Bank Windhoek capital goes to Basel III
After a successful Initial Public Offering last month, Bank Windhoek has said it will use part of the proceeds of the listing to strengthen its mandatory capital requirements ahead of the implementation of Basel III.
The bank recently floated 20.1% of its shares in an Initial Public Offering (IPO) that was oversubscribed 3.5 times raising about N$387.9 million in capital.
The public offer, which opened on 16 May 2013, closed on 13 June 2013.
Although the bank’s capital adequacy ratio stands at a healthy 13.7% as at December 2012, a figure well above the Bank of Namibia’s minimum regulatory requirement of 10%, Marlize Horn, Executive Officer: Marketing and Corporate Communication Services at Bank Windhoek told the Economist upon enquiry that proceeds raised from the listing will be invested in the bank to further increase its Tier 1 capital ahead of the implementation of Basel III.
Part of the capital will also be used to fund significant investment over the next three years in information technology and innovative payment systems to enable the bank to better service its existing client base and to better penetrate the unbanked and under-banked market in the country.
The remaining funds will be retained to enable Bank Windhoek Holdings, the parent company of Bank Windhoek, to consider further investment opportunities as and when they arise.
It was, however, not immediately clear how much the bank will invest to improve its capital reserves and how much will be invested in IT infrastructure.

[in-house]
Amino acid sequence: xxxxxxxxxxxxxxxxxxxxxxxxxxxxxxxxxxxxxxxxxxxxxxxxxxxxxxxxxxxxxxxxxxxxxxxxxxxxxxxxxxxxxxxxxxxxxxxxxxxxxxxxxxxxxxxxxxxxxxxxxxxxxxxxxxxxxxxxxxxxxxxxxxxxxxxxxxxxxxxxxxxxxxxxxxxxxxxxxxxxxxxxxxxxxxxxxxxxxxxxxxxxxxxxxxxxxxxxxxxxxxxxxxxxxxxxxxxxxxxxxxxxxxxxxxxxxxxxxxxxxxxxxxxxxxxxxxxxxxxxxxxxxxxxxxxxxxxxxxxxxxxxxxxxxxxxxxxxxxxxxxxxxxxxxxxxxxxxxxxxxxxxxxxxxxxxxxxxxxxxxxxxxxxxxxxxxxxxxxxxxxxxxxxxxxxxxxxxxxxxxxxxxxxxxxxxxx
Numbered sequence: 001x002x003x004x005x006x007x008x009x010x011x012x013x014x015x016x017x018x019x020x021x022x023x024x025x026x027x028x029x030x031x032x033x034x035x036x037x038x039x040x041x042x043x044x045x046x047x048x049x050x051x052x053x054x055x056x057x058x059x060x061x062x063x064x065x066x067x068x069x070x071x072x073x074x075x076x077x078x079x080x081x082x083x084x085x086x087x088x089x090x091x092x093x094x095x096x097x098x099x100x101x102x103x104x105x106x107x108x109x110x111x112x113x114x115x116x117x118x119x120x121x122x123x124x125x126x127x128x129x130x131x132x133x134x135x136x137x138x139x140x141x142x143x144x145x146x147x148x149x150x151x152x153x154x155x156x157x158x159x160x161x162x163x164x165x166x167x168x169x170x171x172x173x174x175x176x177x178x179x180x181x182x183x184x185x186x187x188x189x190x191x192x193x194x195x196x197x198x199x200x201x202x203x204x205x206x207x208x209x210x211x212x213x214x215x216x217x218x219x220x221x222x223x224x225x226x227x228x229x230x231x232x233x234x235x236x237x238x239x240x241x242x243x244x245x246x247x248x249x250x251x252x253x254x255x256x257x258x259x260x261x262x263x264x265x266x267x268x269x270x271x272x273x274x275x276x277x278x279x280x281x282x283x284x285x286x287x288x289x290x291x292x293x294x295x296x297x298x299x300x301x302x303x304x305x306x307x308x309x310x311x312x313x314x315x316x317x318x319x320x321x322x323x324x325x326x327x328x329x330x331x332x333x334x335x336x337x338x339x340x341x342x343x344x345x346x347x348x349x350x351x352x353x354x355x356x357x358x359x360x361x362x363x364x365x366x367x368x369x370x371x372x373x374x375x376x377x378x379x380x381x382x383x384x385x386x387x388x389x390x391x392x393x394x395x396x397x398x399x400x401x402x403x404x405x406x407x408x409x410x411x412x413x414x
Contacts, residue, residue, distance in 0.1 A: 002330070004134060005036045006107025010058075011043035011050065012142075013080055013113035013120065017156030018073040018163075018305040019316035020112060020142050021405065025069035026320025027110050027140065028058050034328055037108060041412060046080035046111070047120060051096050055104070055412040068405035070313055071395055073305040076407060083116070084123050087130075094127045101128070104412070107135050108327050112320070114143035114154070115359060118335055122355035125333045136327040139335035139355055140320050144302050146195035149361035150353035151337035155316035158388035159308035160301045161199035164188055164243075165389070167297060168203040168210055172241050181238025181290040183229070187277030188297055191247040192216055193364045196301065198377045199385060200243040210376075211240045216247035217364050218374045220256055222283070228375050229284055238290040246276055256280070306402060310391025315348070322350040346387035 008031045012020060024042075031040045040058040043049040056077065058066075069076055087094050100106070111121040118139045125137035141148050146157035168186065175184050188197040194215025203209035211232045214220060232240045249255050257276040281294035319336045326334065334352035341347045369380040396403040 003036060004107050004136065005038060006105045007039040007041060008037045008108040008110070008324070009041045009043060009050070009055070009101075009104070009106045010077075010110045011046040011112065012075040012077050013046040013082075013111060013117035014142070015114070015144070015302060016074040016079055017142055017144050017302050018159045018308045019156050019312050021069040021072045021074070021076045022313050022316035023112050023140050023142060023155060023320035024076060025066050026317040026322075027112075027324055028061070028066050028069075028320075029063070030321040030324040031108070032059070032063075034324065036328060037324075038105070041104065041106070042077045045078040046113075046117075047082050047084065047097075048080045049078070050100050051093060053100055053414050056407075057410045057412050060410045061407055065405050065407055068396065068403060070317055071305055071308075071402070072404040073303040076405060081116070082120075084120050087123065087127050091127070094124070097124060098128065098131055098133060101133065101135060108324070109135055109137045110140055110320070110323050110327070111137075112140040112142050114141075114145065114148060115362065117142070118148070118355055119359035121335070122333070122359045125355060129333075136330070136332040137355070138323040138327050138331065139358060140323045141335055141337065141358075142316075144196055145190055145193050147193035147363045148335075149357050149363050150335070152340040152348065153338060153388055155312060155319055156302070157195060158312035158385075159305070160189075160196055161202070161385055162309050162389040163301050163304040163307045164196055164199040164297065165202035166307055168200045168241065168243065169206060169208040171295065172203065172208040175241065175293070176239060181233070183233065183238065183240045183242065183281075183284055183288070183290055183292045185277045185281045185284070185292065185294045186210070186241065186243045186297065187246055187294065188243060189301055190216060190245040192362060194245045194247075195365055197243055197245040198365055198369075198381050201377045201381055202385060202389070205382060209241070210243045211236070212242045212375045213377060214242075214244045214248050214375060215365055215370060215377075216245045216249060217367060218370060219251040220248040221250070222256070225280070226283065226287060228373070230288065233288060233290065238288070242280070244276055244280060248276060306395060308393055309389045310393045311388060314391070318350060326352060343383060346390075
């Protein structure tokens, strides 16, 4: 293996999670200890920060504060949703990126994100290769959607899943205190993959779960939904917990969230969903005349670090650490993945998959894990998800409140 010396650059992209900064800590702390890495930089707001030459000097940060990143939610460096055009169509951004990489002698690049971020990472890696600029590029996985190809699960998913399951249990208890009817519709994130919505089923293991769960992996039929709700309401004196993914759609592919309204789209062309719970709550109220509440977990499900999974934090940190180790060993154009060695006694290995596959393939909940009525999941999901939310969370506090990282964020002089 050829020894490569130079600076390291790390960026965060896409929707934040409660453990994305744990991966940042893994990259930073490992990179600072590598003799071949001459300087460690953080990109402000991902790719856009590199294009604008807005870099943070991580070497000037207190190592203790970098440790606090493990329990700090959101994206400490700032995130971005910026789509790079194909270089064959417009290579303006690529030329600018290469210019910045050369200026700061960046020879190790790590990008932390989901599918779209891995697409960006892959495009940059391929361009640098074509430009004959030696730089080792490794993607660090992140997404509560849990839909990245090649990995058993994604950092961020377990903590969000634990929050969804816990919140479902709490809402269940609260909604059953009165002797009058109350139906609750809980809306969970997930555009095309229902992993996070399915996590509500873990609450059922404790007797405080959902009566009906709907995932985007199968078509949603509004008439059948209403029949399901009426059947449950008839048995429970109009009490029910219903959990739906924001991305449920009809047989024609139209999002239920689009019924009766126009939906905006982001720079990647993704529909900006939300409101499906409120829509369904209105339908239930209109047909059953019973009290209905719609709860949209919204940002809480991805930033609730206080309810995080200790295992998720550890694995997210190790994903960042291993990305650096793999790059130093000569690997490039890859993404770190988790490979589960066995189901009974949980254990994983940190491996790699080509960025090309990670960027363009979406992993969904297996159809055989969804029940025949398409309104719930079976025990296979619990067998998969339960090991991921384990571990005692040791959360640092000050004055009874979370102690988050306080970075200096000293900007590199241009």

Tier 1 capital is money that a bank has on its balance sheet to support all the risks it takes arising from lending and trading.
While the Namibian banking sector continued to meet regulatory liquidity requirements, the ratio of liquid assets to average total liabilities to the public declined marginally from 11.1% at the end of the first half of 2012 to 10.9% at the end of the second half of 2012 according to the latest Bank of Namibia Financial Stability report.
A stress test exercise conducted by the central bank indicated that banking institutions are adequately capitalised in the event of an upsurge in the default rate of sectors to which they are exposed. Stress test scenarios were conducted to examine the extent to which the ‘first’ capital buffer (Core Tier 1 capital) would be able to withstand an increase in credit risk in the form of an increase in default rates.